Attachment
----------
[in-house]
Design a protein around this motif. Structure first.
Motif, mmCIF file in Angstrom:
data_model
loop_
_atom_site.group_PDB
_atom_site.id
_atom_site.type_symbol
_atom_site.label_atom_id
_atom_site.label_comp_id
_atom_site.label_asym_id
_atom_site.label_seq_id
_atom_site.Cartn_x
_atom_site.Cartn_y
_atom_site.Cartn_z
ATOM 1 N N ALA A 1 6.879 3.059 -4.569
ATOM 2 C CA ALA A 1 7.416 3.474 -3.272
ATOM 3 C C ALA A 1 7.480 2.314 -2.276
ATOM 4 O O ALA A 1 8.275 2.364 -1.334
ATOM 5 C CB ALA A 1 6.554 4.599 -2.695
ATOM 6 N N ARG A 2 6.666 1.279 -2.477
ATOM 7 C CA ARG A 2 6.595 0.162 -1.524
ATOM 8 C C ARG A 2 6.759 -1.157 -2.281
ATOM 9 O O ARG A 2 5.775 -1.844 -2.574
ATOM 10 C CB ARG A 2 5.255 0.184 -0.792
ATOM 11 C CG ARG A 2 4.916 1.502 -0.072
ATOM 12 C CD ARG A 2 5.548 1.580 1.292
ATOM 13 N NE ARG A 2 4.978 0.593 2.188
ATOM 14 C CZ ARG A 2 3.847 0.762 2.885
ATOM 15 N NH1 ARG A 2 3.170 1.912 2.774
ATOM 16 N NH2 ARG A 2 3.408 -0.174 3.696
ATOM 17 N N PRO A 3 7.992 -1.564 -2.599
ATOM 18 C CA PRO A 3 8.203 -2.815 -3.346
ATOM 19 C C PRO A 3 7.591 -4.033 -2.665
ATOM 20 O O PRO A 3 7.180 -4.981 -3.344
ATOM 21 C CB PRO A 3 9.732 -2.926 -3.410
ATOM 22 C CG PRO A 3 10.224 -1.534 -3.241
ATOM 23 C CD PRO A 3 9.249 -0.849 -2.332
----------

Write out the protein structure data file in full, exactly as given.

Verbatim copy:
[in-house]
Design a protein around this motif. Structure first.
Motif, mmCIF file in Angstrom:
data_model
loop_
_atom_site.group_PDB
_atom_site.id
_atom_site.type_symbol
_atom_site.label_atom_id
_atom_site.label_comp_id
_atom_site.label_asym_id
_atom_site.label_seq_id
_atom_site.Cartn_x
_atom_site.Cartn_y
_atom_site.Cartn_z
ATOM 1 N N ALA A 1 6.879 3.059 -4.569
ATOM 2 C CA ALA A 1 7.416 3.474 -3.272
ATOM 3 C C ALA A 1 7.480 2.314 -2.276
ATOM 4 O O ALA A 1 8.275 2.364 -1.334
ATOM 5 C CB ALA A 1 6.554 4.599 -2.695
ATOM 6 N N ARG A 2 6.666 1.279 -2.477
ATOM 7 C CA ARG A 2 6.595 0.162 -1.524
ATOM 8 C C ARG A 2 6.759 -1.157 -2.281
ATOM 9 O O ARG A 2 5.775 -1.844 -2.574
ATOM 10 C CB ARG A 2 5.255 0.184 -0.792
ATOM 11 C CG ARG A 2 4.916 1.502 -0.072
ATOM 12 C CD ARG A 2 5.548 1.580 1.292
ATOM 13 N NE ARG A 2 4.978 0.593 2.188
ATOM 14 C CZ ARG A 2 3.847 0.762 2.885
ATOM 15 N NH1 ARG A 2 3.170 1.912 2.774
ATOM 16 N NH2 ARG A 2 3.408 -0.174 3.696
ATOM 17 N N PRO A 3 7.992 -1.564 -2.599
ATOM 18 C CA PRO A 3 8.203 -2.815 -3.346
ATOM 19 C C PRO A 3 7.591 -4.033 -2.665
ATOM 20 O O PRO A 3 7.180 -4.981 -3.344
ATOM 21 C CB PRO A 3 9.732 -2.926 -3.410
ATOM 22 C CG PRO A 3 10.224 -1.534 -3.241
ATOM 23 C CD PRO A 3 9.249 -0.849 -2.332